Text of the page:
of services defined for that host. Use this method to get the contents
of the world -- i.e., all hosts and services.

remove_acknowledgement
~~~~~~~~~~~~~~~~~~~~~~
This method cancels an acknowledgement on a host or service.

*host*='STRING' [required]::
    Which host to act on.

*service*='STRING'::
    Optional. If specified, act on this service.

schedule_check
~~~~~~~~~~~~~~
This API lets you schedule a check for a host or service. This also allows
you to force a check.

*host*='STRING' [required]::
    The host to schedule a check for. Required.

*service*='STRING'::
    Optional. If present, we'll schedule a check on this service at the given
    time.

*check_time*='INTEGER'::
    Optional, defaults to now. You can specify what time you want the check
    to be run at.

*forced*='BOOL'::
    Optional, defaults to FALSE. When true, then you force Nagios to run the
    check at the given time. By default, Nagios will only run the check if it
    meets the standard eligibility criteria.

*output*='STRING' [required]::
    The plugin output to be displayed in the UI and stored.  This is a
    single line of text, normally returned by checkers.


schedule_downtime
~~~~~~~~~~~~~~~~~
This general purpose method is used for creating fixed length downtimes.
This method can be used on hosts and services. You are allowed to
specify the author and comment to go with the downtime, too. The JSON
parameters are:

*host*='STRING' [required]::
    Which host to schedule a downtime for.  This must be specified.

*duration*='INTEGER' [required]::
    How many seconds this downtime will last for. They begin immediately
    and continue for `duration` seconds before ending.

*service*='STRING'::
    Optional. If specified, we will schedule a downtime for this service
    on the above host. If not specified, then the downtime will be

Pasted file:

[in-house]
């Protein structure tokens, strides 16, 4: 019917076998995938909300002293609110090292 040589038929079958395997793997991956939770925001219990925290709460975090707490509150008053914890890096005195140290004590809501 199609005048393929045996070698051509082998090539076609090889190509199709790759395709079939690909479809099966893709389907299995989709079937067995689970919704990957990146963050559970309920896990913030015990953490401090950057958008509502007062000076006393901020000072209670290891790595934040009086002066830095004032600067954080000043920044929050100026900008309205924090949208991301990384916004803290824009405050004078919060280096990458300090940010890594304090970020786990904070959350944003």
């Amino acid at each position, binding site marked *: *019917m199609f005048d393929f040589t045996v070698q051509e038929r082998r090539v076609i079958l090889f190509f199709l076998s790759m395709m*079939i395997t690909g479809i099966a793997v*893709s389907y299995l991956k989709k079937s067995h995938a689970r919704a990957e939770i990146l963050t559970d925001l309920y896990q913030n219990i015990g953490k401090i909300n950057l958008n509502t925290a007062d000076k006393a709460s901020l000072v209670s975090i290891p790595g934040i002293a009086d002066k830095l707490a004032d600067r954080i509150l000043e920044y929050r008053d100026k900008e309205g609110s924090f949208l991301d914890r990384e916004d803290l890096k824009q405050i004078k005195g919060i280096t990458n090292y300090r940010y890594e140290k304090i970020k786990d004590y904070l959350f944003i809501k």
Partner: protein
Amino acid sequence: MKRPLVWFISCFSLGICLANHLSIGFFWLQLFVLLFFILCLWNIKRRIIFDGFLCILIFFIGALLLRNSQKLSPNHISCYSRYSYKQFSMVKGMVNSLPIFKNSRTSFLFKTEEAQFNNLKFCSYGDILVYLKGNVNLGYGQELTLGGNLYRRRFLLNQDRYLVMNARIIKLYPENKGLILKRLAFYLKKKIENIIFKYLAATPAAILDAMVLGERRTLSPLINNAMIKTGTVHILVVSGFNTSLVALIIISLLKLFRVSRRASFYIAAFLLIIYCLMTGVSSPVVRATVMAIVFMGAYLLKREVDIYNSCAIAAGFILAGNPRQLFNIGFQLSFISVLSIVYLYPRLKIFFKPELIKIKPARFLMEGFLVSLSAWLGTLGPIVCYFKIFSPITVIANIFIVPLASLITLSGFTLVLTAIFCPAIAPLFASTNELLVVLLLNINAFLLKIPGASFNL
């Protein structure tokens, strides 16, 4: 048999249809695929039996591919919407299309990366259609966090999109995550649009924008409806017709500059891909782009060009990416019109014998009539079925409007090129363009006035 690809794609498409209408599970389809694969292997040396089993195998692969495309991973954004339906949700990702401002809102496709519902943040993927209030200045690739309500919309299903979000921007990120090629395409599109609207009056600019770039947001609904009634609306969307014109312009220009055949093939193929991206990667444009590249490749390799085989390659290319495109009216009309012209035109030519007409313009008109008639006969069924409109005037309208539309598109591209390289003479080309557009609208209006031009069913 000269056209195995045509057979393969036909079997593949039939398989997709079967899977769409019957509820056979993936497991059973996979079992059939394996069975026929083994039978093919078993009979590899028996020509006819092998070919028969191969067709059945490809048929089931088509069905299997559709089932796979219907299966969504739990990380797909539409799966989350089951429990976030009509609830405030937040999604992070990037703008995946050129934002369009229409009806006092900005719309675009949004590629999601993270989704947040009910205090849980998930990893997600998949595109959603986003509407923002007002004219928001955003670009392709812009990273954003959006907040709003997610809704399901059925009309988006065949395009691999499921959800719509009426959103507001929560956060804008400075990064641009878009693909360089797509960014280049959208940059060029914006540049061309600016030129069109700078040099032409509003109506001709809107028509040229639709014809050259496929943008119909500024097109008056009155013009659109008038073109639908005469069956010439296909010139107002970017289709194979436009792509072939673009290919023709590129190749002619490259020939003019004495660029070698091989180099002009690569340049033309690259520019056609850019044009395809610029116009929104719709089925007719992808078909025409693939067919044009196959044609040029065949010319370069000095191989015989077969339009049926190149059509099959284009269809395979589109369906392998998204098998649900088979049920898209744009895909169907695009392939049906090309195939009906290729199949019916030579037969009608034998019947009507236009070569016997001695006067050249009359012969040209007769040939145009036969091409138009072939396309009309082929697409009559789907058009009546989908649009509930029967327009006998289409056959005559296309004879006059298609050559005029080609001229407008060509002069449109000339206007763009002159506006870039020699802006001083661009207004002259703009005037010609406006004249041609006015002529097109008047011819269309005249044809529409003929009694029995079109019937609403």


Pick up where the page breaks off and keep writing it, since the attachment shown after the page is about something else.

scheduled for the host itself.

*services_too*='BOOL'::
    Optional. If true and you have not specified a `service` in
    specific, then we will schedule a downtime for the host and all of
    the services on that host. Potentially many downtimes are scheduled.

*author*='STRING'::
    Optional. The name of the author. This is useful in UIs if you want
    to disambiguate who is doing what.

*comment*='STRING'::
    Optional. As above, useful in the UI.

The result of this method is a text string that indicates whether or
not the downtimes have been scheduled or if a different error occurred.
We do not have the ability to get the `downtime_id` that is generated,
unfortunately, as that would require waiting for Nagios to regenerate
the status file.

state
~~~~~
This method takes no parameters. It returns a large JSON object
containing all of the active state from Nagios. Included are all hosts,
services, downtimes, comments, and other things that may be in the
global state object.

submit_result
~~~~~~~~~~~~~
If you are using passive service checks or you just want to submit a
result for a check, you can use this method to submit your result to
Nagios.

*host*='STRING' [required]::
    The host to submit a result for.  This is required.

*service*='STRING'::
    Optional. If specified, we will submit a result for this service on
    the above host. If not specified, then the result will be submitted
    for the host itself.

*status*='INTEGER' [required]::
    The status code to set this host/service check to. If you are
    updating a host's status: 0 = OK, 1 = DOWN, 2 = UNREACHABLE. For
    service checks, 0 = OK, 1 = WARNING, 2 = CRITICAL, 3 = UNKNOWN.

*output*='STRING' [required]::
    The plugin output to be displayed in the UI and stored.  This is a
    single line of text, normally returned by checkers.

The response indicates if we successfully wrote the command to the log.


AUTHOR
------
Written by Mark Smith <mark@qq.is> while under the employ of Bump
Technologies, Inc.


COPYING
-------
See the LICENSE file for licensing information.